A colleague recently mused about how much homework to assign his students over the winter holiday break. The only sensible reply, which I blurted loudly, was “GOOD GOD, MAN: NONE!”
I’ll do a bit of exam grading and planning over the break, but that’s my job; it’s why I get the big bucks and the red pens. I certainly hope that my students have a genuinely refreshing break from their schoolwork, and I think that time should be off-limits to school assignments. I hope students spend quality time with their families, get enough sleep, goof around, and relax. Of course there’s time for some useful and engaging stuff, too. One could easily sleep and loaf away two weeks in a glorious festival of sloth, and I wouldn’t judge anyone for napping lazily down that path. But abject sloth gets old surprisingly fast. Continue reading “Six Things To Do Over Break Besides Schoolwork”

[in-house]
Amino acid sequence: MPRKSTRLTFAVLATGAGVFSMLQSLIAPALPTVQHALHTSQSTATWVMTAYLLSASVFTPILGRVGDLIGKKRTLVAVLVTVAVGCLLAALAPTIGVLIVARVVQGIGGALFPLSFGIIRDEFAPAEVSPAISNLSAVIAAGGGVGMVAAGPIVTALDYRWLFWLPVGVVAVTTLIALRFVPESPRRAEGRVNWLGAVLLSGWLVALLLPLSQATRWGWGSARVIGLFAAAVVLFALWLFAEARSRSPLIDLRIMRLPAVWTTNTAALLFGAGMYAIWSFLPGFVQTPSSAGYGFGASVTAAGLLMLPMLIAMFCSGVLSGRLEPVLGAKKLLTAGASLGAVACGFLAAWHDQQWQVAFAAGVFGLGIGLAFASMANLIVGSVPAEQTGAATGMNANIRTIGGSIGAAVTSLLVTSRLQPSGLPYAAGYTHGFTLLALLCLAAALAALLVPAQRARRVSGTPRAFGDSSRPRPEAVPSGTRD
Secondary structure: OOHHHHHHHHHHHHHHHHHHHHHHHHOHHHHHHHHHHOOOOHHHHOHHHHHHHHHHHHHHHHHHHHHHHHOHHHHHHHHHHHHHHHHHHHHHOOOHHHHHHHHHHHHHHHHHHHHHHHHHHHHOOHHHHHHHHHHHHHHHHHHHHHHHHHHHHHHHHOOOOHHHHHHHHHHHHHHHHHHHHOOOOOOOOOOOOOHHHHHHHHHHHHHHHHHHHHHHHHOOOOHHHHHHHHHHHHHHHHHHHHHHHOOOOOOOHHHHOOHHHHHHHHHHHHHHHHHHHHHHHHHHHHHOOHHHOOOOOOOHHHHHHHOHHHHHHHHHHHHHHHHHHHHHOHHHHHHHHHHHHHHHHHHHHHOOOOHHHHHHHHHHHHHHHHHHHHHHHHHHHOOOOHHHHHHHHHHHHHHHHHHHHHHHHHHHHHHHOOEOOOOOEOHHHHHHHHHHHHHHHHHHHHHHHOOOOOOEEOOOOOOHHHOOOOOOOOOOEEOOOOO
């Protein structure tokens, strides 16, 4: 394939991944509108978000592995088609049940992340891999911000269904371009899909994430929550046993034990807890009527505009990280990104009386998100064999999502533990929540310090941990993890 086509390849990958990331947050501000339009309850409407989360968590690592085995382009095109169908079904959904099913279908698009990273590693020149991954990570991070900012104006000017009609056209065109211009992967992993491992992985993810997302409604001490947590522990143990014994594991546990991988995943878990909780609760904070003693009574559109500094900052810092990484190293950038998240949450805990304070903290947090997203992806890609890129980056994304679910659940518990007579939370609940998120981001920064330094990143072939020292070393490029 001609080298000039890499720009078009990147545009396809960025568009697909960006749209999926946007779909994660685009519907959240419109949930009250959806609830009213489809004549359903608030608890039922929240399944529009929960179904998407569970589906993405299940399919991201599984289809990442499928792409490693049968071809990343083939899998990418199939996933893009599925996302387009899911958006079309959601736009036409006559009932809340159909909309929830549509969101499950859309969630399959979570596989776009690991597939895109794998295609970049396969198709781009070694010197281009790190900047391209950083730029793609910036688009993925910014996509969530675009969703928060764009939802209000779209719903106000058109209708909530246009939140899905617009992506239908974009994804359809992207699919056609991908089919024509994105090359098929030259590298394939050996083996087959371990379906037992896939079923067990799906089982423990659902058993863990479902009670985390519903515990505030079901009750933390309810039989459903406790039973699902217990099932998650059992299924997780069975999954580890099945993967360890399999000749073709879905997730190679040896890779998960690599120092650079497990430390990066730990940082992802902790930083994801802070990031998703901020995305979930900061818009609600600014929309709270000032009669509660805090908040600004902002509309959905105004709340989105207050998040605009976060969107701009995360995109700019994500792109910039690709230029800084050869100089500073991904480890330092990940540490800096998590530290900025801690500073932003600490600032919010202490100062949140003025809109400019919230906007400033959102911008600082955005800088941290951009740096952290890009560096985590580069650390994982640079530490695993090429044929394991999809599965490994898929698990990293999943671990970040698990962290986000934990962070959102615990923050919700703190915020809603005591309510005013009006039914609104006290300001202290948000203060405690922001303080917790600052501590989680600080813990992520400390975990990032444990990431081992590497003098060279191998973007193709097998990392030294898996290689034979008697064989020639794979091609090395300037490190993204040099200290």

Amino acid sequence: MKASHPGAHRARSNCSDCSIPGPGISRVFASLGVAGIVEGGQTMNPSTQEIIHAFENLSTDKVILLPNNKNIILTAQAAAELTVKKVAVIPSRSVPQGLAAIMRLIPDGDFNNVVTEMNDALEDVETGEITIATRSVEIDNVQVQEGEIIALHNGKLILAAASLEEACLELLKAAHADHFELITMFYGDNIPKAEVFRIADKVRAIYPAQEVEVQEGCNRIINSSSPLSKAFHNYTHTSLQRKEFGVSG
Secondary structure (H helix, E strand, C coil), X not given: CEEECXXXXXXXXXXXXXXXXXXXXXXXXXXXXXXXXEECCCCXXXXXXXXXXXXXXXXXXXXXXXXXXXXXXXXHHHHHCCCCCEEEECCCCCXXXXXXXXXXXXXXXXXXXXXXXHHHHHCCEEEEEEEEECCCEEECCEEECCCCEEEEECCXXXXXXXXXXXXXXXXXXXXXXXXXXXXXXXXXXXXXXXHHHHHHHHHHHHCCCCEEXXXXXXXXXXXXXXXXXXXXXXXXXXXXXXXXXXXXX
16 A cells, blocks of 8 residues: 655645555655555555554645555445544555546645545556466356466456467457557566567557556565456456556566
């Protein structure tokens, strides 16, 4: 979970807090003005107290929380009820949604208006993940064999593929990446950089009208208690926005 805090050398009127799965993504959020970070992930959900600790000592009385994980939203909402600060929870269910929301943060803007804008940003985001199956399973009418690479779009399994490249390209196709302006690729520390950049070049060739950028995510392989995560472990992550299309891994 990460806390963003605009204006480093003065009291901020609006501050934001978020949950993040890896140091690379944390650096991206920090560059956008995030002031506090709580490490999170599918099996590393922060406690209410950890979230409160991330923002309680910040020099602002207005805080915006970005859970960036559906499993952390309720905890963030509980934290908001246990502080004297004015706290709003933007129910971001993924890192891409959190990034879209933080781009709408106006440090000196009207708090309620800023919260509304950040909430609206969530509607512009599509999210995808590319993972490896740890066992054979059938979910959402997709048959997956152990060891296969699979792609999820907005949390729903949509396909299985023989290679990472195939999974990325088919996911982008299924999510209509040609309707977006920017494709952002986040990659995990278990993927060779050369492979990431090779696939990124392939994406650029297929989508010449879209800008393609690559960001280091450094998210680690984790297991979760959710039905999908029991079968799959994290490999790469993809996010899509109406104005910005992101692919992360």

Anyone considering the role of Advanced Placement (AP) history in a school’s curriculum ought to begin with the following exercise:
- Describe in a few sentences what you think a good history course should be and do. What type of reading should students be assigned, and what should the classroom look like and how should it function?
- Describe what you mean by “critical thinking.” What should this look like in a history classroom?
- Describe what you mean by “intellectual rigor.”
Continue reading “Why I Hate Teaching AP History”
As part of a brief project before our study of the Scientific Revolution, I recently had my sophomore high school students read Carl Sagan’s “The Fine Art of Baloney Detection,” from his 1995 book The Demon-Haunted World. The aim of this mini-unit was to provide students with some tools with which to sharpen their critical thinking skills, and to this end Sagan provides an overview of how to evaluate the credibility of scientific research specifically, and arguments in general. I recommend it to anyone who hasn’t yet read it; it is a lively, at times personal, and very effective guide to healthy skepticism. Sagan concludes the chapter with definitions and examples of seventeen major logical and rhetorical fallacies.